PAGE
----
Wednesday, April 6, 2011

Netflix Rewind: Ong Bak 3 - Gimme Bak My Life

It's hard to describe to someone who has never seen Ong Bak: The Thai Warrior, how a tiny muay-thai fighter/stuntman named Tony Jaa could be the savior of martial arts cinema. Every martial arts movie the guy has been a part of has things in common:

This elephant makes me feel funny...

  1. "Revered" Elephants in peril
  2. Acting and comedy that borders on autism 
  3. Storylines that are best described as "I am pretty sure a drunk hobo came up with this." 
Again, how could you convey to someone the importance of viewing any of Tony Jaa's films?  Don't forget #4:


The best part (and probably worst for ladies, so no girls aloud) is that Tony Jaa destroys people's worlds not only on film, but most definitely in real life as well. After careful review (which the film also supplies in multiple-shot recaps of badassary), I am certain that people are paid off the street to take a punch/kick/death in Tony Jaa movies.

Don't believe me, let's check the recap of Tony Jaa doing all his own stunts (punch the video's author in the face for the music):

Best of Tony Jaa (Ong Bak: The Thai Warrior and The Protector)

Ong Bak chase scene:

That lil' dude is crazy, yo!

So it was with much trepidation that I went into Ong Bak 3; why the hesitancy you ask? Well Ong Bak 3 is actually the second half of a bloated Ong Bak 2 (which is a 15th century prequel to Ong Bak *head explode*), a movie that became so out of control in it's scope and failed execution that it needed several loans to get it through production. How could a sequel, so audacious in it's follow-up to one of the best martial arts movies of all time, be such an unfettered and unfocused mess? Lets look at the studio credits shall we:

Writer:  Tony Jaa (wait he can barely speak...)
Director: Tony Jaa (you sure he isn't the fight coordinator?)
Producer: Tony Jaa (well he did have a lot of money)
Fight Coordinator: Tony Jaa (wait so he IS the freaking director?)
Jacky Chan was nicer...

So you have a guy that was an unknown quantity 7 or 8 years ago, who became a glorified stuntman, and you put him in charge of ALL facets (including money) of the biggest-budget Thai film of all time? Somewhere in south-east Asia, there must be a mass grave of talented film execs and writers who all seem to share the same hole in the skull from a Tony Jaa elbow.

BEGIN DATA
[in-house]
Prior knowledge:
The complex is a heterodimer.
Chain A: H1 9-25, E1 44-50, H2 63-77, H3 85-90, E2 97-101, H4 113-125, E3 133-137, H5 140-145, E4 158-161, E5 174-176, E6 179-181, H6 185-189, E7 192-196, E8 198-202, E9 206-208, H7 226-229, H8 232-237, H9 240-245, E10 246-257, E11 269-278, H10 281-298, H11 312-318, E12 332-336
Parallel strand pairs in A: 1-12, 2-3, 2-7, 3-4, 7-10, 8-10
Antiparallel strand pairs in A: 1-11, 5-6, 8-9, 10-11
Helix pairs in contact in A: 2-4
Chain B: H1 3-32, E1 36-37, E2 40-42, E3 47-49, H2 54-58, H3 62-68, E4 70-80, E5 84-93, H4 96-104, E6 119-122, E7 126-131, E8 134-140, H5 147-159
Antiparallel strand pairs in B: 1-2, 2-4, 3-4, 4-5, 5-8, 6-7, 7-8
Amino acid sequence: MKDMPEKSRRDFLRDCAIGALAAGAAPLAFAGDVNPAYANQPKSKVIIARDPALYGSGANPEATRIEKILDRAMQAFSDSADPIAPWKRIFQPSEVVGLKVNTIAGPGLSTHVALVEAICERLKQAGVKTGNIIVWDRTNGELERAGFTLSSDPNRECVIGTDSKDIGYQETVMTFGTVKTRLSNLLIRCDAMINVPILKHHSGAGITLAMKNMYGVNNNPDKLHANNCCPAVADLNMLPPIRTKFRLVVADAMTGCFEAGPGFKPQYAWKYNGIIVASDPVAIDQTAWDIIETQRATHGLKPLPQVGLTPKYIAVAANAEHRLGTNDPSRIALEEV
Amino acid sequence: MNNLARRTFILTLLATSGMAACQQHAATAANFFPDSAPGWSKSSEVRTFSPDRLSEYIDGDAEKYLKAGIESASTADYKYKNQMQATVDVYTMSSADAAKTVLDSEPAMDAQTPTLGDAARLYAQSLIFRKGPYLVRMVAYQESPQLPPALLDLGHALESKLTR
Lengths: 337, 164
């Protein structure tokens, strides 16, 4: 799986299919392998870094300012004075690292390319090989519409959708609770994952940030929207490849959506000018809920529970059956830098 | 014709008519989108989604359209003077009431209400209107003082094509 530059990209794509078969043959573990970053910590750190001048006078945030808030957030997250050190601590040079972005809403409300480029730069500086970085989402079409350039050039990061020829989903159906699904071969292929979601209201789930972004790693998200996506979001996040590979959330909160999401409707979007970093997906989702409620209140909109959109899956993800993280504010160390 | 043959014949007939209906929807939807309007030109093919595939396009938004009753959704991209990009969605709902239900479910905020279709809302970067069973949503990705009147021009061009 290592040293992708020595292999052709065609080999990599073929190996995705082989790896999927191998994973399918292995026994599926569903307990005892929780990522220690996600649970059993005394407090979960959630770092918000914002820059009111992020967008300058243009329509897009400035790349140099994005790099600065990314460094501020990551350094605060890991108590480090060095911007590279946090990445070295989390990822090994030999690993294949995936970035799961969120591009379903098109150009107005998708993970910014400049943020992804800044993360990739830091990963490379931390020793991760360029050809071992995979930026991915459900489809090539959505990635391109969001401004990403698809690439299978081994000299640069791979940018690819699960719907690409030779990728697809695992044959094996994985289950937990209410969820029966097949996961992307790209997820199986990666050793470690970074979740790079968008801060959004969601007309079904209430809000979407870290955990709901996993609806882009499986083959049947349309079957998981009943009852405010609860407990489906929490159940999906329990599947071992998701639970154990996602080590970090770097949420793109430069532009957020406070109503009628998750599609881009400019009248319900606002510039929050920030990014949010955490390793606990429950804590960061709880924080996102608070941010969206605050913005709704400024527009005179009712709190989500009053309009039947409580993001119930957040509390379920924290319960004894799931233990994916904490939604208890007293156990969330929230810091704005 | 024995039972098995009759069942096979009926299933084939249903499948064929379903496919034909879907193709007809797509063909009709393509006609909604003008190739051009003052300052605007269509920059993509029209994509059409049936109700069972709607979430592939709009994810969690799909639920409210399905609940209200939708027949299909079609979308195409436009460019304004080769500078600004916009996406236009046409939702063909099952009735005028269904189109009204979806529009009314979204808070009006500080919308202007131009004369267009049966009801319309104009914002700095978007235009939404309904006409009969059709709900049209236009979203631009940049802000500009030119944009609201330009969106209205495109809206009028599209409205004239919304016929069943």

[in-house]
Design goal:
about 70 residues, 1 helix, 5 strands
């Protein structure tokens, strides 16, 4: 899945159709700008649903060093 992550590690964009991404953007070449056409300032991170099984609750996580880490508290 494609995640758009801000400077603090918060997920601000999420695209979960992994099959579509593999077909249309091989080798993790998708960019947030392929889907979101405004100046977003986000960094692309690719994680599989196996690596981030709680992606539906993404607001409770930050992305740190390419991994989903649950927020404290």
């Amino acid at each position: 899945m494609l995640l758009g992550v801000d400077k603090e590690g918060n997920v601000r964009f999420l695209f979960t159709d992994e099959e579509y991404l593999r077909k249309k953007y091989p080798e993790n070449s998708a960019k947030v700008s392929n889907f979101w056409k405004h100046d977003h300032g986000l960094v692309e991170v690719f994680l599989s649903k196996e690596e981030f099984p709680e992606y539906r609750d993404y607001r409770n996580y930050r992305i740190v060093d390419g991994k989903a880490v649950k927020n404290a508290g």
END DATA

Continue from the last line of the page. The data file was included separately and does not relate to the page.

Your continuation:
You know, I could go on about how bad Ong Bak 3's story is, about how it makes Ong Bak 2 seem like paragon of character development. Still curious? Below is a synopsis, which I guess qualifies as spoilers, but really - we're all here for the action scenes aren't we?

In the year 1431 in Thailand, Tien (Tony Jaa) is held captive being beaten with wooden (staves). On the orders of Lord Rajasena (Sarunyu Wongkrajang), his elbows and knees are snapped. As Lord Rajasena sleeps, Tien's guerilla fighters attempt to free Tien, but Bhuti Sangkha (Dan Chupong) appears and kills them. Lord Rajasena offers to hire Bhuti, but he refuses and gives the offer to remove the curse which has been placed on Rajasena before leaving. Rajasena orders his men to kill Tien, but before this can be carried out, a man arrives with a pardon from the king, indicating that he will take Tien's corpse, much to Rajasena's ire. The messenger returns Tien's body to the Kana Khone villagers. After fending off the village from invaders who are after Tien's body, Master Bua (Nirutti Sirijanya) feels guilty over Tien's imprisonment and becomes a Buddhist monk. Pim (Primrata Det-Udom) revives Tien to life, but finds that Tien is still crippled from his beatings. Tien then embarks on a rehabilitation regimen with the help of Master Bua.
Rajasena visits Bhuti at his temple to remove his curse, but Bhuti reveals his true motive of usurping Rajasena and becoming the new king. After a battle, Bhuti decapitates Rajasena, but his severed head curses Bhuti. After meditating, Tien returns to his village to find it in ruins, and the surviving villagers kidnapped and enslaved by Bhuti. Bhuti uses his magic to summon an eclipse. When Pim (Primrata Det-Udom) reveals herself as Tien's companion, she is taken to Bhuti's palace, where she is killed. Tien witnesses this killing from a statue and fights his way through the guards before confronting Bhuti, who launches a spear at Tien's chest. As he falls to his knees, defeated, he remembers Bua's words, and finds himself again atop the statue. Overcoming Bhuti's illusion, lightning strikes and Bhuti's eclipse magic is dispelled. Bhuti attempts to escape but is confronted by Tien. Bhuti attempts again to throw a spear at Tien, who catches and throws it aside. He then attacks Bhuti, impaling him on an elephant tusk. Tien and Pim return to the village, where they pray before the statue of Ong Bak.


The words do not do what actually appears on screen justice. The "rehabilitation regimen" the wiki alludes to is actually a 5 minute dance scene where he re-breaks his bones and sets them to the Asian equivalent of Enya music. All of this bullshit when the only thing people want to see are bone-crunching Tony Jaa fight scenes.

Screw it, here are the two best fight scenes - now just give me 90 minutes of my life back.

Opening Fight Scene

Final Fight

Fight Scenes: ****
Movie: *

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